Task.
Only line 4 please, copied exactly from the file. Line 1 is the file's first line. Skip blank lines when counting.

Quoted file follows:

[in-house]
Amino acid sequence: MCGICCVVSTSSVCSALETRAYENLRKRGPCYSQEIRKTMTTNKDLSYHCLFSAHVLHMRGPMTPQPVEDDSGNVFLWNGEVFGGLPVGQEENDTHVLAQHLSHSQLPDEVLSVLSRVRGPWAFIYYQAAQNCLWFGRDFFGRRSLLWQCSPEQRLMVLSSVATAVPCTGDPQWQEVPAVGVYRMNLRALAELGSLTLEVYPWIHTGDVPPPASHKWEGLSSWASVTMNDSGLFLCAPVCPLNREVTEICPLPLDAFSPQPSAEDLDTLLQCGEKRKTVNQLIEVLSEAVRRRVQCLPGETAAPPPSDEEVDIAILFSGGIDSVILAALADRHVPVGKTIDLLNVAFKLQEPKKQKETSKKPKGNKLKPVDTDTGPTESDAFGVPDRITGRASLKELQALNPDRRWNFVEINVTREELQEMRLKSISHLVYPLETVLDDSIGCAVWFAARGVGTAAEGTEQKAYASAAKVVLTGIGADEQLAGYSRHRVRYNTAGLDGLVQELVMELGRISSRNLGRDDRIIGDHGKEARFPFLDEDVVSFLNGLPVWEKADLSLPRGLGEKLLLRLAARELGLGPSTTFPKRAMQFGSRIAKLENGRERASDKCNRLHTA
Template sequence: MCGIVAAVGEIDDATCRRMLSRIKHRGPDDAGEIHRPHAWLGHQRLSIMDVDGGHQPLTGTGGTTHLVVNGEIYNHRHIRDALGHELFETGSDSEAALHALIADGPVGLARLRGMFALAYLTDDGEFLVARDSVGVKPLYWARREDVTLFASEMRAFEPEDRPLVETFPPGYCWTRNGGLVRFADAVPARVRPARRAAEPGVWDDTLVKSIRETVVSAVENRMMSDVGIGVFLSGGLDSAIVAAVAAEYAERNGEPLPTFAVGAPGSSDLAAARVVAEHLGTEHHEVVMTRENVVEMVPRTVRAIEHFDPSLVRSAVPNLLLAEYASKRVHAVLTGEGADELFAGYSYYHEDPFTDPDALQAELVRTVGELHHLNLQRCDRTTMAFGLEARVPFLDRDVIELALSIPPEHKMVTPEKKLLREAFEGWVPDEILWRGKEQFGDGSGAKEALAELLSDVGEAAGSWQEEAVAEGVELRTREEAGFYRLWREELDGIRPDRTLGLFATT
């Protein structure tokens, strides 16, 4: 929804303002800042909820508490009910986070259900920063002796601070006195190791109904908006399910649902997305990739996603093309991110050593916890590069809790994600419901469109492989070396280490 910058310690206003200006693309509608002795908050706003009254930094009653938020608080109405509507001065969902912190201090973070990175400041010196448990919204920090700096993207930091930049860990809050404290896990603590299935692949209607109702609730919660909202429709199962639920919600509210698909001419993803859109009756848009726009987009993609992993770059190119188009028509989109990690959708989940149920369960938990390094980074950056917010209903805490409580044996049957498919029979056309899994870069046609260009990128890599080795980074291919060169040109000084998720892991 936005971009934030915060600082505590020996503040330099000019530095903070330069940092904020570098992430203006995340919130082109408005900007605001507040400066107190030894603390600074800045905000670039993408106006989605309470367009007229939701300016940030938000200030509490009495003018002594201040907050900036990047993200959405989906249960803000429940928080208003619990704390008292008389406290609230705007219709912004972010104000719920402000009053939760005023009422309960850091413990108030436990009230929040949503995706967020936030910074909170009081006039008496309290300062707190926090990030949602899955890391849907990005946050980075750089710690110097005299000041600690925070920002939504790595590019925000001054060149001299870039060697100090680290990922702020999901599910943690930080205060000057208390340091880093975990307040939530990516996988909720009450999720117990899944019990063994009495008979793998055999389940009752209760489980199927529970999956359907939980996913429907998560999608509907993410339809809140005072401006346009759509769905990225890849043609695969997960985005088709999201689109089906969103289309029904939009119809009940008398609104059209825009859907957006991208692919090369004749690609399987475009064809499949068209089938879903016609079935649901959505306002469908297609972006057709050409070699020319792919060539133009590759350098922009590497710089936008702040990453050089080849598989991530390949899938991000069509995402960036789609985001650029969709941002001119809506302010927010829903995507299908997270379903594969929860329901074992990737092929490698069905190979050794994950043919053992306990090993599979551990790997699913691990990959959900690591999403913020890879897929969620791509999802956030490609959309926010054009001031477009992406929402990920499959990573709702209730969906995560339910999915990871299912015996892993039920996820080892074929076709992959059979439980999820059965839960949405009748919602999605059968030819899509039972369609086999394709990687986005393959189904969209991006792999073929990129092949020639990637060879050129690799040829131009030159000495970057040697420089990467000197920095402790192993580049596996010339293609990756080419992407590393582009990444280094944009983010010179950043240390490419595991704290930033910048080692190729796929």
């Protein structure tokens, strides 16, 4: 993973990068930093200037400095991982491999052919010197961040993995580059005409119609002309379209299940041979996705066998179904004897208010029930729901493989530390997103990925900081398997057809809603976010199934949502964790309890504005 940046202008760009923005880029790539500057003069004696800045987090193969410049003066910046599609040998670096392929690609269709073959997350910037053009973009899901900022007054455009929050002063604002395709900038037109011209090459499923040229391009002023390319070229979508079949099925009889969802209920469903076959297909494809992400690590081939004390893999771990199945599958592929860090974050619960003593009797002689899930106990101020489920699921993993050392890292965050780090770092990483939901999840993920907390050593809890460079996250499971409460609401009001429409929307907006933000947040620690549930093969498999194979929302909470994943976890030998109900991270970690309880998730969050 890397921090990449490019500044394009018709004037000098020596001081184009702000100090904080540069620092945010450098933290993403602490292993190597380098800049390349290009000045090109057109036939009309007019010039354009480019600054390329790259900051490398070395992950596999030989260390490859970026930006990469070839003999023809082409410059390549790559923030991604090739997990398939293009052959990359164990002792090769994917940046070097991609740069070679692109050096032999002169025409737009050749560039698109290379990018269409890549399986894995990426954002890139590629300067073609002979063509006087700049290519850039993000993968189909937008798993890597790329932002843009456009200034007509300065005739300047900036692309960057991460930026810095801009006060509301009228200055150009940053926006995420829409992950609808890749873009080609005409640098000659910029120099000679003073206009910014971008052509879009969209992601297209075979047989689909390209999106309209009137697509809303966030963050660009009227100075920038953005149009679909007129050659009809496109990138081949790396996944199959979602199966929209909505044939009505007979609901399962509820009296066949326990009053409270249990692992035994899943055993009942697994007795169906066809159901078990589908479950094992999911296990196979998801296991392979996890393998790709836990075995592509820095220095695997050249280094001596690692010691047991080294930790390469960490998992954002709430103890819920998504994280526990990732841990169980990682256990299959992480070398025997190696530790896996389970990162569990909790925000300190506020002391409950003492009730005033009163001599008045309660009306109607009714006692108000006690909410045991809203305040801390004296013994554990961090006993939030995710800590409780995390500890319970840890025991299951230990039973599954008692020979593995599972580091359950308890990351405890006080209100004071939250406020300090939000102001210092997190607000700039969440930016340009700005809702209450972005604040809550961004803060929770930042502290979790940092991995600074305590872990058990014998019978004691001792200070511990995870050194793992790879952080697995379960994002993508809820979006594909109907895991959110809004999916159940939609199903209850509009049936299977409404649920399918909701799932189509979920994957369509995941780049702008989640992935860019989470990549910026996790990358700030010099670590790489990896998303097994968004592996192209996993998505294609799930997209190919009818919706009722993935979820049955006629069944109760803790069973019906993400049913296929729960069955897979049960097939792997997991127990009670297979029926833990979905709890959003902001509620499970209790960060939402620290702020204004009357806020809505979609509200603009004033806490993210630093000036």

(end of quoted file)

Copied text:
């Protein structure tokens, strides 16, 4: 929804303002800042909820508490009910986070259900920063002796601070006195190791109904908006399910649902997305990739996603093309991110050593916890590069809790994600419901469109492989070396280490 910058310690206003200006693309509608002795908050706003009254930094009653938020608080109405509507001065969902912190201090973070990175400041010196448990919204920090700096993207930091930049860990809050404290896990603590299935692949209607109702609730919660909202429709199962639920919600509210698909001419993803859109009756848009726009987009993609992993770059190119188009028509989109990690959708989940149920369960938990390094980074950056917010209903805490409580044996049957498919029979056309899994870069046609260009990128890599080795980074291919060169040109000084998720892991 936005971009934030915060600082505590020996503040330099000019530095903070330069940092904020570098992430203006995340919130082109408005900007605001507040400066107190030894603390600074800045905000670039993408106006989605309470367009007229939701300016940030938000200030509490009495003018002594201040907050900036990047993200959405989906249960803000429940928080208003619990704390008292008389406290609230705007219709912004972010104000719920402000009053939760005023009422309960850091413990108030436990009230929040949503995706967020936030910074909170009081006039008496309290300062707190926090990030949602899955890391849907990005946050980075750089710690110097005299000041600690925070920002939504790595590019925000001054060149001299870039060697100090680290990922702020999901599910943690930080205060000057208390340091880093975990307040939530990516996988909720009450999720117990899944019990063994009495008979793998055999389940009752209760489980199927529970999956359907939980996913429907998560999608509907993410339809809140005072401006346009759509769905990225890849043609695969997960985005088709999201689109089906969103289309029904939009119809009940008398609104059209825009859907957006991208692919090369004749690609399987475009064809499949068209089938879903016609079935649901959505306002469908297609972006057709050409070699020319792919060539133009590759350098922009590497710089936008702040990453050089080849598989991530390949899938991000069509995402960036789609985001650029969709941002001119809506302010927010829903995507299908997270379903594969929860329901074992990737092929490698069905190979050794994950043919053992306990090993599979551990790997699913691990990959959900690591999403913020890879897929969620791509999802956030490609959309926010054009001031477009992406929402990920499959990573709702209730969906995560339910999915990871299912015996892993039920996820080892074929076709992959059979439980999820059965839960949405009748919602999605059968030819899509039972369609086999394709990687986005393959189904969209991006792999073929990129092949020639990637060879050129690799040829131009030159000495970057040697420089990467000197920095402790192993580049596996010339293609990756080419992407590393582009990444280094944009983010010179950043240390490419595991704290930033910048080692190729796929």